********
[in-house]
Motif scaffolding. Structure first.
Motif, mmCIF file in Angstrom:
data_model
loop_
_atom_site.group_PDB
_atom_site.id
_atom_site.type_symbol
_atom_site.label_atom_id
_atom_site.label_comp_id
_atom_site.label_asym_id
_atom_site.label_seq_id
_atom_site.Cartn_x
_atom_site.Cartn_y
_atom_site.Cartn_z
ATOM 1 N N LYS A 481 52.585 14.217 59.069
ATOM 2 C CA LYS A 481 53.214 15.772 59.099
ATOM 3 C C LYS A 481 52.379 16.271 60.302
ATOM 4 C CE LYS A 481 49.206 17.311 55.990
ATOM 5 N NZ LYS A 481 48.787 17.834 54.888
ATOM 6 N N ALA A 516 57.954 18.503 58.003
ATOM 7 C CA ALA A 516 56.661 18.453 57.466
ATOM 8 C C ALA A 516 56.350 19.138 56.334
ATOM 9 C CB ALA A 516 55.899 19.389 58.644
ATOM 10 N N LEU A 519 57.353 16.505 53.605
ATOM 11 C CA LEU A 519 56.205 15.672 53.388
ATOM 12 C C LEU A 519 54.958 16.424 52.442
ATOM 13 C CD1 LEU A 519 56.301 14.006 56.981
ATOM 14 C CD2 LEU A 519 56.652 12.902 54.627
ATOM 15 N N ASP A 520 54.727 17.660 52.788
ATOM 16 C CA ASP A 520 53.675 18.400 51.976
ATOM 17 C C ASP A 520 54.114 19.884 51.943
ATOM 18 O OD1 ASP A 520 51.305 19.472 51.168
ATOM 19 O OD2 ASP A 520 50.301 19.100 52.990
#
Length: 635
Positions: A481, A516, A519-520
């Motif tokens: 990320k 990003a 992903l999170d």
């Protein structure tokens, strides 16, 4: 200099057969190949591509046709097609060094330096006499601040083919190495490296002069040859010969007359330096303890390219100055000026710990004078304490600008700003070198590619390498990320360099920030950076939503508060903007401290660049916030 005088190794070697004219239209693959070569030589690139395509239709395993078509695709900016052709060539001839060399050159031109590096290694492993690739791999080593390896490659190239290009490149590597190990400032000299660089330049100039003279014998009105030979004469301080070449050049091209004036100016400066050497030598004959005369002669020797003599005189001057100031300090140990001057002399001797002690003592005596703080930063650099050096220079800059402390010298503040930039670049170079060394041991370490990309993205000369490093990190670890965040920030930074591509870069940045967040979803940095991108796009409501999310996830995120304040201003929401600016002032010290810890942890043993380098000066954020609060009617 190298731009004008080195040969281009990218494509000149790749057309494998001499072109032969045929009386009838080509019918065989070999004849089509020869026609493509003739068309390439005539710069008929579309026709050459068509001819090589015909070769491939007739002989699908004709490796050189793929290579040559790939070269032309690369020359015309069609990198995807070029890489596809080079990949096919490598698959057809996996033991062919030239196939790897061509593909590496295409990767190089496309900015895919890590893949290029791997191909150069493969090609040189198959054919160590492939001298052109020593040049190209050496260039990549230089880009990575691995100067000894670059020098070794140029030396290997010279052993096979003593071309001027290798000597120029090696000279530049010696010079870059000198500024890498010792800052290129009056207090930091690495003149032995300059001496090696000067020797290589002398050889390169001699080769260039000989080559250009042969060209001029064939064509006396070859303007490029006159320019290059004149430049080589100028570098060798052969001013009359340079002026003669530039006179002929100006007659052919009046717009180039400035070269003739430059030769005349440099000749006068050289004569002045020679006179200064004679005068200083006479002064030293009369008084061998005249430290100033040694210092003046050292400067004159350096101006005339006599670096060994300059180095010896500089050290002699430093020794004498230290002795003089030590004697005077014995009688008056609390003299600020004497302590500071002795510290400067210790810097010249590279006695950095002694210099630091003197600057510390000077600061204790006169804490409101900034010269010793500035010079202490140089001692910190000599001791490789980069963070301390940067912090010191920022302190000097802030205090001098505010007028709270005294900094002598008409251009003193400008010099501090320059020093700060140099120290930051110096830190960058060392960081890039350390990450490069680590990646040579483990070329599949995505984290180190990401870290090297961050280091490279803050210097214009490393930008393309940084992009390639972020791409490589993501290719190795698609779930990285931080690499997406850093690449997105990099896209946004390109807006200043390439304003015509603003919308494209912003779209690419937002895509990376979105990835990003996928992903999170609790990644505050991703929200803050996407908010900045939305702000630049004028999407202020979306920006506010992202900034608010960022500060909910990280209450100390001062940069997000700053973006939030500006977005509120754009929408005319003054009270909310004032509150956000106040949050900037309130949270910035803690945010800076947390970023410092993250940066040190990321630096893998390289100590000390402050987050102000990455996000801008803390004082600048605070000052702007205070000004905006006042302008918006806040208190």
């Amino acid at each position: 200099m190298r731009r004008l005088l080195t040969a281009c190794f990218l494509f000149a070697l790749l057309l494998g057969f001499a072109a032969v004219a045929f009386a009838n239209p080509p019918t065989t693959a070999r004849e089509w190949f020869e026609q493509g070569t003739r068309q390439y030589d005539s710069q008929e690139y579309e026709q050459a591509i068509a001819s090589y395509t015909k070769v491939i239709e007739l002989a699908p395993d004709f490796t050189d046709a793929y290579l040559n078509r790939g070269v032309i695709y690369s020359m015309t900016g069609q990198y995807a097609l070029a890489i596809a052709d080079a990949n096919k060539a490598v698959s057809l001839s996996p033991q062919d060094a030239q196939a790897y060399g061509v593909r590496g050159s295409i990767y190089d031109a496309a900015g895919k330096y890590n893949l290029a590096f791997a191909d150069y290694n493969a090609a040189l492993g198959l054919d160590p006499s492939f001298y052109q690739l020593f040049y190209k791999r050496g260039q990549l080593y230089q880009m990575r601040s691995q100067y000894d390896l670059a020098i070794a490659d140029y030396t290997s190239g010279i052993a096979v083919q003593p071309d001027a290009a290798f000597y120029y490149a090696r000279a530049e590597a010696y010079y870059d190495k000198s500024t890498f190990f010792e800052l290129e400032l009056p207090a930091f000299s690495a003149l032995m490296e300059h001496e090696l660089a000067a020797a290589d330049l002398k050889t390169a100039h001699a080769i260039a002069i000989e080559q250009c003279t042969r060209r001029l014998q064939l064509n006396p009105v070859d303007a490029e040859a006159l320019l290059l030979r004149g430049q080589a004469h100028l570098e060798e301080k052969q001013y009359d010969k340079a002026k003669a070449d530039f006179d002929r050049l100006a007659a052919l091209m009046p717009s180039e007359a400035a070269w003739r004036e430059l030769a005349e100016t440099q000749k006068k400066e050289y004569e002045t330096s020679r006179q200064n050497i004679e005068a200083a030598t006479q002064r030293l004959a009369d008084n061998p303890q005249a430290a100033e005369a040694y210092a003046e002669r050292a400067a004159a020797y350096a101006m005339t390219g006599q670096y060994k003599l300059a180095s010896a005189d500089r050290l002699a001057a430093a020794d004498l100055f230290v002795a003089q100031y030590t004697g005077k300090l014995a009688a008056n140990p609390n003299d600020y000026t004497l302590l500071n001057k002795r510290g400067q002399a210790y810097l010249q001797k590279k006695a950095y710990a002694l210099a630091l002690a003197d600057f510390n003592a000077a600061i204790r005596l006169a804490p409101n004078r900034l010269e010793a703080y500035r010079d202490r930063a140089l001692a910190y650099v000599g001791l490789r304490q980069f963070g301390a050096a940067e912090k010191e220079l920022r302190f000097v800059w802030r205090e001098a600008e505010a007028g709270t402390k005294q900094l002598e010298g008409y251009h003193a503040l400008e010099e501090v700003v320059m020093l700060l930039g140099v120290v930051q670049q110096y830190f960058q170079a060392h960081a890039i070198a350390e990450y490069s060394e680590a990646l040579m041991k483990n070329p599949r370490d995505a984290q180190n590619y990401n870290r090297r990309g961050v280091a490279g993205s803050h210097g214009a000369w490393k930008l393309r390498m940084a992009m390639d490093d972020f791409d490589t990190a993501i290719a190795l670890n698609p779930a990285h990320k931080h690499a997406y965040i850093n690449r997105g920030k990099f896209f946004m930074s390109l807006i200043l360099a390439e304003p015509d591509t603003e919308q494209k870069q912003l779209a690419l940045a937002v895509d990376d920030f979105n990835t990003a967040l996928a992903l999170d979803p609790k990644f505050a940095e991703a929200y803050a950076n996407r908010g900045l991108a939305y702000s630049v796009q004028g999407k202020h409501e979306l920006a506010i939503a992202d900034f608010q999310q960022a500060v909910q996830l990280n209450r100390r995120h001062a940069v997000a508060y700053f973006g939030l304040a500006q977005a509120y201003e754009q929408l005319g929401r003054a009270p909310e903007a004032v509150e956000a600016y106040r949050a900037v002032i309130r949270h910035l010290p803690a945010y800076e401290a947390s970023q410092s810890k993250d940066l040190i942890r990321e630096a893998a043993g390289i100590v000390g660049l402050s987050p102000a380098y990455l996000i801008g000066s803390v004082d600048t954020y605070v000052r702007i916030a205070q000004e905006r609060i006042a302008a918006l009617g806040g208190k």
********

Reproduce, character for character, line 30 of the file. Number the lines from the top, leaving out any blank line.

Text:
ATOM 15 N N ASP A 520 54.727 17.660 52.788